ESA takes the reins of the Disasters Charter
When disaster strikes, a group of international space agencies pools its resources and expertise to support relief efforts on the ground. For the next six months, ESA will be leading the International Charter Space and Major Disasters as it brings information from satellites to the aid of the vulnerable.
Every six months, a different member takes the role of Primus Inter Pares – or Charter lead. Last week, ESA took over this role for the sixth time, and is responsible for ensuring that the Charter’s policies and rules are respected.
ESA will also develop new partnerships with the space and the disaster risk-reduction communities.
“ESA plans to ensure that not only the operational activities of the Charter are running smoothly but will also prepare for future challenges,” said Maurice Borgeaud, head of ESA’s Earth Observation Science, Applications and Climate Department.
“Future challenges include the likely increase of the calls on the Charter, international collaboration with key partners running similar activities, and taking advantage of the ever-increasing availability of Earth observation data.”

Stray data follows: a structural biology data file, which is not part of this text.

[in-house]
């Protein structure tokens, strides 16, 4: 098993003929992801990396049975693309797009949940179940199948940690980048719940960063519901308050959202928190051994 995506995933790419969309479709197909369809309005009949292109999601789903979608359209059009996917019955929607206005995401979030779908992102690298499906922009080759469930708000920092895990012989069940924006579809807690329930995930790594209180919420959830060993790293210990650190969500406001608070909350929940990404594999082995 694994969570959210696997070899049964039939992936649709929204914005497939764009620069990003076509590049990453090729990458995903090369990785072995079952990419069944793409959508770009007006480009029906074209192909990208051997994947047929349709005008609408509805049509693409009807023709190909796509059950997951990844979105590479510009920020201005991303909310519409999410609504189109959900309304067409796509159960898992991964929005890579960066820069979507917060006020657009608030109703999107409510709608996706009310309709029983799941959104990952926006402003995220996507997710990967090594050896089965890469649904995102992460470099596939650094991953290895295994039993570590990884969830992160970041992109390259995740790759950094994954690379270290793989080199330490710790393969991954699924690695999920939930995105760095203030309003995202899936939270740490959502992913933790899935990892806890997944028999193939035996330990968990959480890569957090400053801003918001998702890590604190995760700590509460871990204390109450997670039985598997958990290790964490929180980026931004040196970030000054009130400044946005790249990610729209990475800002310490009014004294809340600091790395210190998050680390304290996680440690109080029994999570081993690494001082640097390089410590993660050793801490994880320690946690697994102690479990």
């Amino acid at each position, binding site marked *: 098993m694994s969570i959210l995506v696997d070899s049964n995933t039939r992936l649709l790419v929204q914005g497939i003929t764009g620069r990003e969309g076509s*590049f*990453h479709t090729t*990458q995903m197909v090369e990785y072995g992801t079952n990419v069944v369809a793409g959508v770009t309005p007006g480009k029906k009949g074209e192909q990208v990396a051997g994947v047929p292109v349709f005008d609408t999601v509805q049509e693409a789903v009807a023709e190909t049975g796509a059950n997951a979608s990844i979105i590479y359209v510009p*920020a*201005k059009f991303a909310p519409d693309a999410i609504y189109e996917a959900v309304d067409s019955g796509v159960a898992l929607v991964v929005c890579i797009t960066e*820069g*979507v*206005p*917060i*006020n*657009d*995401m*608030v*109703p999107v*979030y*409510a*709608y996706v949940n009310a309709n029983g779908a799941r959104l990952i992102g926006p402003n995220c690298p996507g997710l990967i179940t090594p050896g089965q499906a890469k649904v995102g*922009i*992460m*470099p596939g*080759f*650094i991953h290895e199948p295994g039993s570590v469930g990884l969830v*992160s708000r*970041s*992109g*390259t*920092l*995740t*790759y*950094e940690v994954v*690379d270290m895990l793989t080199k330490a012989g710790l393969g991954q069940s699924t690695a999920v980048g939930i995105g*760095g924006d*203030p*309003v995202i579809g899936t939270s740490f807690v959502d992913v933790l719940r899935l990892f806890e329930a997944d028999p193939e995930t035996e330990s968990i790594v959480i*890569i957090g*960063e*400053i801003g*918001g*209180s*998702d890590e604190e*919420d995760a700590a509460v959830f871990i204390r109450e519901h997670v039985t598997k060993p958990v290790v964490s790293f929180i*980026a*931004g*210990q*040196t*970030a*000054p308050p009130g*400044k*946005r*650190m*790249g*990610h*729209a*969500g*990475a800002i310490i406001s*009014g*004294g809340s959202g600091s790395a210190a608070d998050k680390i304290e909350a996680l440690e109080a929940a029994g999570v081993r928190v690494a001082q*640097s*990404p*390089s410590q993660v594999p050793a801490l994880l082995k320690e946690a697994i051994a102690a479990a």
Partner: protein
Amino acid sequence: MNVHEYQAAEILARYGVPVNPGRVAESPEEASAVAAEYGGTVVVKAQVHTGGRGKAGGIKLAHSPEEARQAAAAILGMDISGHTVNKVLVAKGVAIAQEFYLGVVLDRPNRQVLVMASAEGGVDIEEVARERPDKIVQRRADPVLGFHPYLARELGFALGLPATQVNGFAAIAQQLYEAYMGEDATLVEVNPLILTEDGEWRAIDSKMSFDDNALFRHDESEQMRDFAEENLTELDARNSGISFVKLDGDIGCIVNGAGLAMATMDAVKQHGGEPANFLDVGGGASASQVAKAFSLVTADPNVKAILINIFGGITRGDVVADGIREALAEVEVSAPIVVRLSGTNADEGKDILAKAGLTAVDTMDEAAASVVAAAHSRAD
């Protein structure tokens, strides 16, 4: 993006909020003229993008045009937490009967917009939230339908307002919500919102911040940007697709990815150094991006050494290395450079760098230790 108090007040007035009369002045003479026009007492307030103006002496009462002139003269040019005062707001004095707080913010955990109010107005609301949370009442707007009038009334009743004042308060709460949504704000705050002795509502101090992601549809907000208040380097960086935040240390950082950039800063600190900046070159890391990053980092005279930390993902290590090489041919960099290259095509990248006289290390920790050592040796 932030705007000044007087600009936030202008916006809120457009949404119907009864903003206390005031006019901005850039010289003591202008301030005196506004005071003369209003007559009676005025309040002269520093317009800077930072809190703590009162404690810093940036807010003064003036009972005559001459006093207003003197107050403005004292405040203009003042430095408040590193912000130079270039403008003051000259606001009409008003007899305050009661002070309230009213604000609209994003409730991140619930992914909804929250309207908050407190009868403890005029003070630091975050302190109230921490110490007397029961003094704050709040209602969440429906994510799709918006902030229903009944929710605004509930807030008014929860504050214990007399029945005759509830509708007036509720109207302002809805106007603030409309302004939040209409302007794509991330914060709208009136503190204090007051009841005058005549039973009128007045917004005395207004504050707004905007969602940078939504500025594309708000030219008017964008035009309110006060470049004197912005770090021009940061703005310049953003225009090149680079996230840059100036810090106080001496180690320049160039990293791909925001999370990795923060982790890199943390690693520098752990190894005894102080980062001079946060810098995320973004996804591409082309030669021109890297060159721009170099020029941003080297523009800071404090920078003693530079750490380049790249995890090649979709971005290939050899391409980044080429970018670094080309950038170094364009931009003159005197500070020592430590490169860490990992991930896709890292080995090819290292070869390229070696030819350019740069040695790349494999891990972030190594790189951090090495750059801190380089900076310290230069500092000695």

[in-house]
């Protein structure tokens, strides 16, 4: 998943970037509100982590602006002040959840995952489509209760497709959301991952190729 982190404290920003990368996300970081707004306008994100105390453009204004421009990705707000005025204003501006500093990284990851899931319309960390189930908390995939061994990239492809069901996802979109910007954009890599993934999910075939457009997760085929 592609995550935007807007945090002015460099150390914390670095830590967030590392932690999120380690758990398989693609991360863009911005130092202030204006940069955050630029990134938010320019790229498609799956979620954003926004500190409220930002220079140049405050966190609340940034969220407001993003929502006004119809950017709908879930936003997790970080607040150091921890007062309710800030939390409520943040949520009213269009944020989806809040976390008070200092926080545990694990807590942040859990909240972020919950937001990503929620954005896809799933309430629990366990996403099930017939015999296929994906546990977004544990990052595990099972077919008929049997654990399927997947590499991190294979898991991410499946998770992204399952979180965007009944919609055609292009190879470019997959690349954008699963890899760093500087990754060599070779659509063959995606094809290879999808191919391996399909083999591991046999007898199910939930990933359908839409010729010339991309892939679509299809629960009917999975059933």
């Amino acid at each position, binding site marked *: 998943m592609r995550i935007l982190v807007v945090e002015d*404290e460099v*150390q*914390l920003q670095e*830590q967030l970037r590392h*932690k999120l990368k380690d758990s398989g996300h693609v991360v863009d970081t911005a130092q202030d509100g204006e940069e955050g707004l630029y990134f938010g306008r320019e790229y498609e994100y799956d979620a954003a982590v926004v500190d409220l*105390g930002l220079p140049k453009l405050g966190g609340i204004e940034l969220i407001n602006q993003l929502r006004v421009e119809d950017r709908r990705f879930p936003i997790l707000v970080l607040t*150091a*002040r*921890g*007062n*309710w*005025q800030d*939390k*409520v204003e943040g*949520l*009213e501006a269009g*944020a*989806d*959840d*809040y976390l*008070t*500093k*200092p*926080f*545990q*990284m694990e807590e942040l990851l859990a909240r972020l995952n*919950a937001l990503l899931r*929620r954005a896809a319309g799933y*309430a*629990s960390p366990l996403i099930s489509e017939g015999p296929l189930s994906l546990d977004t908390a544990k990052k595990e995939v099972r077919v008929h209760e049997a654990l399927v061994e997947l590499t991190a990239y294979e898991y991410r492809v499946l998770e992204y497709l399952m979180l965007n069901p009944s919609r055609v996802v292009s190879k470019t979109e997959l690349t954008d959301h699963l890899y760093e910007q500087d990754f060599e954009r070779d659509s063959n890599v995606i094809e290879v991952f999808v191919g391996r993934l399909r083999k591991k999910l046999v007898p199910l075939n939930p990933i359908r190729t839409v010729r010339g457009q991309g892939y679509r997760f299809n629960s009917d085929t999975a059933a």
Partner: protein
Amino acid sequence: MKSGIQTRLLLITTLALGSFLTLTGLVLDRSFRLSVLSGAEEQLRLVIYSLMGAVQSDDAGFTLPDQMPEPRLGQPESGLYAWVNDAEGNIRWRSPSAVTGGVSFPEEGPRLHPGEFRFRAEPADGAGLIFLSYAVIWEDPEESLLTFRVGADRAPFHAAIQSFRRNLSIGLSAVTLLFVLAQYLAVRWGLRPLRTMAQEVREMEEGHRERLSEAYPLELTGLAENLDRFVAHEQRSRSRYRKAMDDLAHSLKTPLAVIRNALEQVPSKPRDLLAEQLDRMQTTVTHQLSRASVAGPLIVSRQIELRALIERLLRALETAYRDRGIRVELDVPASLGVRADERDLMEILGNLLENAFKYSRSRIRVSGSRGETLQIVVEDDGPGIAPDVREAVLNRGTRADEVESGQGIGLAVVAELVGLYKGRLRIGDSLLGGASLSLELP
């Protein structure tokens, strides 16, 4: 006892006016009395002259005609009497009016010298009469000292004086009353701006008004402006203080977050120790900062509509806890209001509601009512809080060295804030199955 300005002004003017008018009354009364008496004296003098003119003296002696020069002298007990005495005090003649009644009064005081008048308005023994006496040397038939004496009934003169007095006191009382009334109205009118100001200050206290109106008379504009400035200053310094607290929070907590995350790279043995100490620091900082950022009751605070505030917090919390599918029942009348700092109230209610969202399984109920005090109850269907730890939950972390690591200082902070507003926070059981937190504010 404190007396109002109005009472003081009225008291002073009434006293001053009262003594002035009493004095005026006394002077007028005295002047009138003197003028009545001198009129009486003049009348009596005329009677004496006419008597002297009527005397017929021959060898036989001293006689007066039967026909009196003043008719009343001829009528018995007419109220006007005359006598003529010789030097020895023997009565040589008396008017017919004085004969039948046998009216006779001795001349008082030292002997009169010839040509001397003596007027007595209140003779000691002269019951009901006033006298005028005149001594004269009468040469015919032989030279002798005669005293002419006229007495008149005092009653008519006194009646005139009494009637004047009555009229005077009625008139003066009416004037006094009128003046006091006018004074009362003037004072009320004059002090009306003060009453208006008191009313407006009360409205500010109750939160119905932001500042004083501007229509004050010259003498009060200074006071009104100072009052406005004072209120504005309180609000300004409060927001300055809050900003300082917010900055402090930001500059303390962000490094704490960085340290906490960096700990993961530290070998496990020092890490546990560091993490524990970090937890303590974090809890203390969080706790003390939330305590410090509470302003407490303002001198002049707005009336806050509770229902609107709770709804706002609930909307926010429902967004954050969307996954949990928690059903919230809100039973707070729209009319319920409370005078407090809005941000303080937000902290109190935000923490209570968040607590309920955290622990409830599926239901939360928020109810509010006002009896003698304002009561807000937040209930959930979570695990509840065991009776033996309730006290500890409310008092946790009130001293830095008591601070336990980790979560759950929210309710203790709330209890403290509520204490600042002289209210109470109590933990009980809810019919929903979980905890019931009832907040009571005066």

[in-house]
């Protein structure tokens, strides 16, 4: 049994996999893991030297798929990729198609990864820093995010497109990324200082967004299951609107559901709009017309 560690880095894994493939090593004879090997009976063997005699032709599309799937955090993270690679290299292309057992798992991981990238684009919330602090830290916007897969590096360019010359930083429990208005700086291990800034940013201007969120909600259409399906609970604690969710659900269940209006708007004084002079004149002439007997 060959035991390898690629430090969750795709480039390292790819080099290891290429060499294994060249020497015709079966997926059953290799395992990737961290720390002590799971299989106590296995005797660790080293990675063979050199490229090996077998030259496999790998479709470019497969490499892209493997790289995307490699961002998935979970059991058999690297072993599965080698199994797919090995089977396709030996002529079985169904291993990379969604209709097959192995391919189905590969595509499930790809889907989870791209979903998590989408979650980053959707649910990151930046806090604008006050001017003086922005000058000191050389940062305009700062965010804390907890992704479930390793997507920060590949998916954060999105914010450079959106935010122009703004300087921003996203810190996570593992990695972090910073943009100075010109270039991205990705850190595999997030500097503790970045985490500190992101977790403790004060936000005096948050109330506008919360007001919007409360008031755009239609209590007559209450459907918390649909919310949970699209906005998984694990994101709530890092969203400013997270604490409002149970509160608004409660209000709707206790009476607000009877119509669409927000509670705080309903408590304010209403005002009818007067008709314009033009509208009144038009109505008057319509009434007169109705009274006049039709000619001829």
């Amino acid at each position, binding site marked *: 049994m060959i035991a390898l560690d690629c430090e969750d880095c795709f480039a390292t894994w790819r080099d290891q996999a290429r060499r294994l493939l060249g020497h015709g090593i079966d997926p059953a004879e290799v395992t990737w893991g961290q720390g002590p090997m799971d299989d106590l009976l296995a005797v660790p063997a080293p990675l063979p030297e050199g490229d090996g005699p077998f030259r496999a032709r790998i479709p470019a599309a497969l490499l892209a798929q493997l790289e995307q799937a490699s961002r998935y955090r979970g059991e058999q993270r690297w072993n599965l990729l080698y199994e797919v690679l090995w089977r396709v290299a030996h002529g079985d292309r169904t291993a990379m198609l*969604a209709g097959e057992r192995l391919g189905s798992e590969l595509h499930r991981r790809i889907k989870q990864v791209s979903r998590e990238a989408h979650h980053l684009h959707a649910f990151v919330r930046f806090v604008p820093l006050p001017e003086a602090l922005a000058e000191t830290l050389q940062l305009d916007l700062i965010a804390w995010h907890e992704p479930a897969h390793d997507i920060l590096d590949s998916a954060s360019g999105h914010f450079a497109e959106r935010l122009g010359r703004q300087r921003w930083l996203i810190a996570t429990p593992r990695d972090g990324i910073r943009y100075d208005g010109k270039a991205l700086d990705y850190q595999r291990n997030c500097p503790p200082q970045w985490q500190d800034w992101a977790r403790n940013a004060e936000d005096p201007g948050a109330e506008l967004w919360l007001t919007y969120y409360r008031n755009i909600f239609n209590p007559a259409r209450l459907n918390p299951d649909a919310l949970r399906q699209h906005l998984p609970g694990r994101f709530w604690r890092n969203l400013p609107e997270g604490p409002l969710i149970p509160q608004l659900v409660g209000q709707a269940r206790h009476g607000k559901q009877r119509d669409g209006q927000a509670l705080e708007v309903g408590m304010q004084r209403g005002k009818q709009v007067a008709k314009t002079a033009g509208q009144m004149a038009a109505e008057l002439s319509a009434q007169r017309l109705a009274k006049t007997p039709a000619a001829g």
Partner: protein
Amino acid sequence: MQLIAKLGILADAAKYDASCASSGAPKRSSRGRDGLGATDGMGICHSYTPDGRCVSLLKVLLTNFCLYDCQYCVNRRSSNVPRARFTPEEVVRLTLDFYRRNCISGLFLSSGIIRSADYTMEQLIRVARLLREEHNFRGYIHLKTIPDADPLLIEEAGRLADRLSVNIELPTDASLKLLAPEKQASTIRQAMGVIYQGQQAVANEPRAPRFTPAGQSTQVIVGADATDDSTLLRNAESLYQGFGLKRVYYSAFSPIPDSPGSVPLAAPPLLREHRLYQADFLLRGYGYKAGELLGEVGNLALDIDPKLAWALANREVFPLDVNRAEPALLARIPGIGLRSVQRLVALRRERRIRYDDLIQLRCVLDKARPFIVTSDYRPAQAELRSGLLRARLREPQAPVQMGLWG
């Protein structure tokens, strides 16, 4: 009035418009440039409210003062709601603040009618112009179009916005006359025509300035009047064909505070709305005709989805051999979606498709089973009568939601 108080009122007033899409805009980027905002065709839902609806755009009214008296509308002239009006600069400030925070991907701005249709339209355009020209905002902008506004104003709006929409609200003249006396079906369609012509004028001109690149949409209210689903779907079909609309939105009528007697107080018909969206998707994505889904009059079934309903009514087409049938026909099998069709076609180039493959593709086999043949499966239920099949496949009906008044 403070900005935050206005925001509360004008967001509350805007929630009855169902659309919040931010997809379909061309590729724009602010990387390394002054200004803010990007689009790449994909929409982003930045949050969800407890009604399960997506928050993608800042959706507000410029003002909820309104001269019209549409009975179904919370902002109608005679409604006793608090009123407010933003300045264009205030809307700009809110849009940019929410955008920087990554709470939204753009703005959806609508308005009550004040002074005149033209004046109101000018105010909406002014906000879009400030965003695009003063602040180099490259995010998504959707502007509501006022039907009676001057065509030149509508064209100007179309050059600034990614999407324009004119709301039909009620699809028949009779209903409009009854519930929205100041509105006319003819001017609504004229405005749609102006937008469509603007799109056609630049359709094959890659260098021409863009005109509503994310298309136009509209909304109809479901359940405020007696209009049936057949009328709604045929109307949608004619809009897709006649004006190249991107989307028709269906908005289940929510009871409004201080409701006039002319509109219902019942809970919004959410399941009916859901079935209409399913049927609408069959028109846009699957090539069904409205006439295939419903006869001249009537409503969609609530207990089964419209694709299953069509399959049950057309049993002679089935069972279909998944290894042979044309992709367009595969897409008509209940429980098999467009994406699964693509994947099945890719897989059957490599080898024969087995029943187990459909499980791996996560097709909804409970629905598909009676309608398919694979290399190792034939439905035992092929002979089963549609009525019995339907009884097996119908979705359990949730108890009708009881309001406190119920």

Founded by ESA and the French and Canadian space agencies, the Charter is an international collaboration between 16 owners or operators of Earth observation missions. It provides rapid access to satellite data to help disaster management authorities in the event of a natural or man-made disaster.
The value of the initiative lies in being able to mobilise agencies around the world and benefit from their knowhow and their satellites through a single access point that operates 24 hours a day, 7 days a week and at no cost to the user.
Since its first request for support, in 2000, the Charter has called on space assets on many occasions, helping to respond to more than 520 disasters in more than 120 countries.
Recent activations have included Hurricanes Irma and Maria, which hit the United States and Caribbean in September, as well as the 7.1-magnitude earthquake that struck central Mexico on 19 September.
On average, the Charter is activated about 40 times a year. But this year has been particularly busy, already exceeding that average. In August and September alone, there have been 16 activations – twice the monthly average.